I am an ethical vegetarian who perhaps one day, when the kids have grown a little, will become vegan or nearly so. I also have an allergy to fish. Back in the days when I was a flesh eater I would throw up and have a histamine reaction within thirty minutes of eating even white fish. This is a proper allergy (not an intolerance) and quite common apparently.
This combination of factors means I have to physically restrain myself from getting into a full blooded, red in the face, frothing at the mouth rant whenever anyone mentions omega-3 and fish oils and how we HAVE to eat oily fish for healthy brains. Clearly I haven’t ever successful consumed the stuff and I am neither dead nor stupid – though you may disagree. This is a little pathetic as it makes me sound like the octogenarian chain smoker saying “never did me any harm” but I just can’t help ranting. This is a related story that is hopefully more interesting – bear with me I am trying not to rant.
There is an interesting quote in this article in the Guardian about the government actually suggesting an ethical approach to food. The whole article is fascinating in its implications but it is a particular quote that sparks me:
Rosemary Hignett, head of nutrition at the FSA, said: “Eating fish has considerable health benefits, so we will continue to encourage consumption as part of a drive to improve public health but we recognise the potential impact our advice might have on demands for fish.”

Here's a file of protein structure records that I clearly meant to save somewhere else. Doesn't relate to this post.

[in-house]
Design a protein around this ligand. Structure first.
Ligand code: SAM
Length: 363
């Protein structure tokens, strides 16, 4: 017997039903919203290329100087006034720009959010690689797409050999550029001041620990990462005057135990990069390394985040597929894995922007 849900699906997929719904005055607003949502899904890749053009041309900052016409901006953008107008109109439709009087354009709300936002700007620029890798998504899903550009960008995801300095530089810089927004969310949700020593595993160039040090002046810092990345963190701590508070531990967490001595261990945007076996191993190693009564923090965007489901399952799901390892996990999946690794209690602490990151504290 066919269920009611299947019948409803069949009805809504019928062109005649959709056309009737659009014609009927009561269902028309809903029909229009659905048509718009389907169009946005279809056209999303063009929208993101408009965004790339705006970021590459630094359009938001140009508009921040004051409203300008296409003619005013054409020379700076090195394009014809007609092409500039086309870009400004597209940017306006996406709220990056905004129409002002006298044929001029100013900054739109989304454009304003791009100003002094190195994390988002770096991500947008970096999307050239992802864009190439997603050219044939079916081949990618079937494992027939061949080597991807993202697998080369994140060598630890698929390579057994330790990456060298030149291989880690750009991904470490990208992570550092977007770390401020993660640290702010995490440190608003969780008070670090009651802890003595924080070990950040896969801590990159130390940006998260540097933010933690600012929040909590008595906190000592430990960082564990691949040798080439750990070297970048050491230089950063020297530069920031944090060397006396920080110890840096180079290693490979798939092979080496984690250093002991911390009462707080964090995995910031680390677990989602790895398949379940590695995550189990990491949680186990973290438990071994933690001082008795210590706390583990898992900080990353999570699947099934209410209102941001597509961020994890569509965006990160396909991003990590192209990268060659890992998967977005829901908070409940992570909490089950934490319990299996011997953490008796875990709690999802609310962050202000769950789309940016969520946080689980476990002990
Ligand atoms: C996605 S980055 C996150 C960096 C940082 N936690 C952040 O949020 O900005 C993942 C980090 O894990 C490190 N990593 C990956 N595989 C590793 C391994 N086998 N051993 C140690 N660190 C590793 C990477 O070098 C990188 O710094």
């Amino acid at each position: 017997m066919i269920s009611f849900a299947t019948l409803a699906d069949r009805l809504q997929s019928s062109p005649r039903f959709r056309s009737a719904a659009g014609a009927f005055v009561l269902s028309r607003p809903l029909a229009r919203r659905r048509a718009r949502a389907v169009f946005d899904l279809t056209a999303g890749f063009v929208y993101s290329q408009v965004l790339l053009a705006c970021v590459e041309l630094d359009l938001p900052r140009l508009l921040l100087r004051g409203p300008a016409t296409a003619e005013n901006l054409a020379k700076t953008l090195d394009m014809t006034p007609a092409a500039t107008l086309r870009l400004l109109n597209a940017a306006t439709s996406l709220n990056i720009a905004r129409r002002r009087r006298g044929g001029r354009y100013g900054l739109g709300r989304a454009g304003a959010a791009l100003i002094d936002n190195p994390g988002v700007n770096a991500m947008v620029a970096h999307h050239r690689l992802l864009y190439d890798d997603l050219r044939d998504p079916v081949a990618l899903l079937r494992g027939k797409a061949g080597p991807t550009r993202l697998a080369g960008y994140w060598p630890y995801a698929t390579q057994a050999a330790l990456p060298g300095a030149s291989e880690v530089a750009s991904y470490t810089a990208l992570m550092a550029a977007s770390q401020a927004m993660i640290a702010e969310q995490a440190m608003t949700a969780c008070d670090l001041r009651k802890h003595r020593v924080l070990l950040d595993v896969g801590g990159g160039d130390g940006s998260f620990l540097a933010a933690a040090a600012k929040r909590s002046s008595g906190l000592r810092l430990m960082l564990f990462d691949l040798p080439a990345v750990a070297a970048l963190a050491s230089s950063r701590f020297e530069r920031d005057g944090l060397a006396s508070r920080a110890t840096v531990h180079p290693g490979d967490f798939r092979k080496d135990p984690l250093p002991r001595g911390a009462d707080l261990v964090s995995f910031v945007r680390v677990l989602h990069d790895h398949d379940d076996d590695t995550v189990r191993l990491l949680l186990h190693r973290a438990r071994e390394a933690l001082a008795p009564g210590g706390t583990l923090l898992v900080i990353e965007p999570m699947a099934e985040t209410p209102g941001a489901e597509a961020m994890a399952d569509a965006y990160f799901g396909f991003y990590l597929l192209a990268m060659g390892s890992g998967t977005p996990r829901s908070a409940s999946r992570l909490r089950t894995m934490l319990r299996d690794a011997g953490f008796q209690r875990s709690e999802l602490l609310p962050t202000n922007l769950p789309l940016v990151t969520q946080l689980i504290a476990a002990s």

What does the phrase “considerable health benefits” mean? Benefit over what? Clearly we all have to eat something and it is perfectly possible to have a healthy diet without eating any fish in which case adding fish to ones diet would not improve it. There are many ways to balance a diet and only some of them include consuming fish. What I guess she really means is eating fish rather than something like fatty meat is better for you but the thing that is doing you good is not eating the fatty meat rather than eating the fish. If you swapped meat out for tofu and brown rice it may have an equally beneficial effect. Rosemary is probably being very sensible in accentuating the positive rather than harping on about what people must not do. Eat more X is more likely to be acted on than stop eating Y. But our whole logic seems totally twisted in order to support this complex of assumptions about the fact that it is good to eat fish.
The point that bothers me is that this bothers me when it probably doesn’t bother anyone else who isn’t a veggie with a fish alergy. Everyone else is blind to it because they have a different perspective. Now if I presume that I am much like other people there must be things I am blind to that they see or perhaps no one sees. Things I take as read without questioning. Things I say and do that are grossly wrong, possibly offensive and cause harm but that I am totally unaware of. How would I feel if I were aware of them? Could I handle it?
So this short passage about fish just makes me realise that I know little about Reality and my view of the world is highly blinkered. For me this is a familiar kicking off point for my interest in Buddhism. From this mundane example it is easy to move to the realisation that I know little of the real nature of anything – even the current experience of myself in this moment. So I stop and try and tune into it through meditation and this in turn leads me to taking an ethical stance on eating flesh and we have come full circle.